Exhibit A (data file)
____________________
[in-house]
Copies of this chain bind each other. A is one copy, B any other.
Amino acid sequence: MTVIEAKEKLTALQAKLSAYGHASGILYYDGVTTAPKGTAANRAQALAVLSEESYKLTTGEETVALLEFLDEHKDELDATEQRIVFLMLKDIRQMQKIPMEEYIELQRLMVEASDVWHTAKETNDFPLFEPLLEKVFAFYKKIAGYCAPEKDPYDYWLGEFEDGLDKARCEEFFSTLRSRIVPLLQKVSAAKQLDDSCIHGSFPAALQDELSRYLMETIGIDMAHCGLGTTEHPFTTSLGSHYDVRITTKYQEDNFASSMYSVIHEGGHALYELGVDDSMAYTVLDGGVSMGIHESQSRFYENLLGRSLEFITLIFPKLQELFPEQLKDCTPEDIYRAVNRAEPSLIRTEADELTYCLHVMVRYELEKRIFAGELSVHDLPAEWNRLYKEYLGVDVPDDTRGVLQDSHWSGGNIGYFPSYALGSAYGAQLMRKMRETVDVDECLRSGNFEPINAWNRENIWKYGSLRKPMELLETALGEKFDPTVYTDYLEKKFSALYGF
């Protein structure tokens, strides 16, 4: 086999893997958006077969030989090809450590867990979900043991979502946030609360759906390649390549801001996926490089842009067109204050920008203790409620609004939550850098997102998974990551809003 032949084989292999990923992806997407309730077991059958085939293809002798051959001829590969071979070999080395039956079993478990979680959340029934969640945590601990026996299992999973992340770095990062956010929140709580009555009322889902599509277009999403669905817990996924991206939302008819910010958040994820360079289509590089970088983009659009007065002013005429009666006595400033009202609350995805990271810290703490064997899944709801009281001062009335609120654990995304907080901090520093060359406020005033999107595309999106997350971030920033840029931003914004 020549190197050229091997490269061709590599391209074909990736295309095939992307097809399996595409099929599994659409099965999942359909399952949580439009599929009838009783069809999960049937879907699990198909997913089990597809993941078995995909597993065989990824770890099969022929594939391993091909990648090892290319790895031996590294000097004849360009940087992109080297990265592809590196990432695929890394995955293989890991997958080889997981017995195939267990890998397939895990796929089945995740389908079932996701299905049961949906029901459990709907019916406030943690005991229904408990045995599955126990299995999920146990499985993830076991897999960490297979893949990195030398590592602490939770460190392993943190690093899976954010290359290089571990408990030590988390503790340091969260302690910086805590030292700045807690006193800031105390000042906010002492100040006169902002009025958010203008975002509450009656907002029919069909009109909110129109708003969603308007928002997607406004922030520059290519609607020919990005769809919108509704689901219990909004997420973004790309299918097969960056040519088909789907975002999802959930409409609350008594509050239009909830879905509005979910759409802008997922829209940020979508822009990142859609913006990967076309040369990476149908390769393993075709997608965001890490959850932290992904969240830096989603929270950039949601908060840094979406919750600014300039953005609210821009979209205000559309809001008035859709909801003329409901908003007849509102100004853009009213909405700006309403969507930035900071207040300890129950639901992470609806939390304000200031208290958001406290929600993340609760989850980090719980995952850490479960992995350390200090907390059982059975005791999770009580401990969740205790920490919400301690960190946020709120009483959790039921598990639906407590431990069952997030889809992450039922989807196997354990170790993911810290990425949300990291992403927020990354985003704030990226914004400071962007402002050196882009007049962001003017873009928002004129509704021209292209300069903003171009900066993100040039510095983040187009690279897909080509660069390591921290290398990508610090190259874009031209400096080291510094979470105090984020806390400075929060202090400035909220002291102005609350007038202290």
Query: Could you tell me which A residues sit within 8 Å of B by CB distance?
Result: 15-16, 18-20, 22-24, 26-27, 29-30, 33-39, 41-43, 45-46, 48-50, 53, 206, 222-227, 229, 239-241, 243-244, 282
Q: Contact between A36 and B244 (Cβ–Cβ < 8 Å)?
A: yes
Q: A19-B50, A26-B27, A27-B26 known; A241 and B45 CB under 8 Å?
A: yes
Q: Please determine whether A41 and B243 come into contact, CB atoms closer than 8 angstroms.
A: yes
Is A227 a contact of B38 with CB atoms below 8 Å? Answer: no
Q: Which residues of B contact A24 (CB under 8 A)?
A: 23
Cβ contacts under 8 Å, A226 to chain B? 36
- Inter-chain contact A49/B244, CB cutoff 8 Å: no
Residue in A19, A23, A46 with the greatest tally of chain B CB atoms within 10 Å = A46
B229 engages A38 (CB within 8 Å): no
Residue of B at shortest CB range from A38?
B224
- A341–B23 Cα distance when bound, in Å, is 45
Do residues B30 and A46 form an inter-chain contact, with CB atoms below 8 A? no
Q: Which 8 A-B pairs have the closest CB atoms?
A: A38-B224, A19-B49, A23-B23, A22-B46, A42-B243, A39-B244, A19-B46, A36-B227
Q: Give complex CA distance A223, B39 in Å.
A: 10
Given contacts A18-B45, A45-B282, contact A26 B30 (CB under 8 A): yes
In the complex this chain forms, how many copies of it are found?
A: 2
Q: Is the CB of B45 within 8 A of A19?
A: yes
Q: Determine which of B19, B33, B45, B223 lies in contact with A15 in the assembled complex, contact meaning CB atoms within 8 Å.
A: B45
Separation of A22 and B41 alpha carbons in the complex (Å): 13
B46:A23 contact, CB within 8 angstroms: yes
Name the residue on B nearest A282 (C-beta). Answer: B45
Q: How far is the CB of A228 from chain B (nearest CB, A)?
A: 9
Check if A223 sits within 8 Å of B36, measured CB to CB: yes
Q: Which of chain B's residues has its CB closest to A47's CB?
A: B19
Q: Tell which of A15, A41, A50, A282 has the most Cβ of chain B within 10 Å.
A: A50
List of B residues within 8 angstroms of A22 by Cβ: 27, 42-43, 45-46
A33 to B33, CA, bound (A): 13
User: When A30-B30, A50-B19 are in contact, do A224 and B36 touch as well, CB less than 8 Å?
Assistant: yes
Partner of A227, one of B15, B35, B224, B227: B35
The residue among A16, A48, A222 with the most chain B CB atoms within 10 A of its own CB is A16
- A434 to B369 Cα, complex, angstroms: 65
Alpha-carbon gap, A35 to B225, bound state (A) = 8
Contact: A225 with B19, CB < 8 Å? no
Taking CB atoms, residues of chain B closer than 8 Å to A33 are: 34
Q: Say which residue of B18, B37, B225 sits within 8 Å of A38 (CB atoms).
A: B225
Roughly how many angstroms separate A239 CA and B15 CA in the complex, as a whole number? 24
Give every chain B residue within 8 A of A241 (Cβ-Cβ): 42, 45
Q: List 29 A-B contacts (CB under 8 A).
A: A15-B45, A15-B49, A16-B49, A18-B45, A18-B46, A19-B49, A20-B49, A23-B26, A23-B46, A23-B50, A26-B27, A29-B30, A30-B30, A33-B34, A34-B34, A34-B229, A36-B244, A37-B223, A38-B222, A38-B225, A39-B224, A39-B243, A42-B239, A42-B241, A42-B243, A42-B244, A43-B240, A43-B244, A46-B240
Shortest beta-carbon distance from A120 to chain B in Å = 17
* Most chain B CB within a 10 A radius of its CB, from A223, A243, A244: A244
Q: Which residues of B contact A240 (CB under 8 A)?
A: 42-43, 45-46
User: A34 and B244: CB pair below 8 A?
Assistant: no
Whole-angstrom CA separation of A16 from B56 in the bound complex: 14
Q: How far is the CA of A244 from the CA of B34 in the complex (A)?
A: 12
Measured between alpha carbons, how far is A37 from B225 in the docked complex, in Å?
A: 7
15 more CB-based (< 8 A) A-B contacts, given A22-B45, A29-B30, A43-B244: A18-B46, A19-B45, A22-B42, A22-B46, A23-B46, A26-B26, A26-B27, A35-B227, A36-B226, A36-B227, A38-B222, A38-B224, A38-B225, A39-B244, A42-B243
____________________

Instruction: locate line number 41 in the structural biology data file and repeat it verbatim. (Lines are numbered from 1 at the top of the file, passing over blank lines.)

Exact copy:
Q: Which of chain B's residues has its CB closest to A47's CB?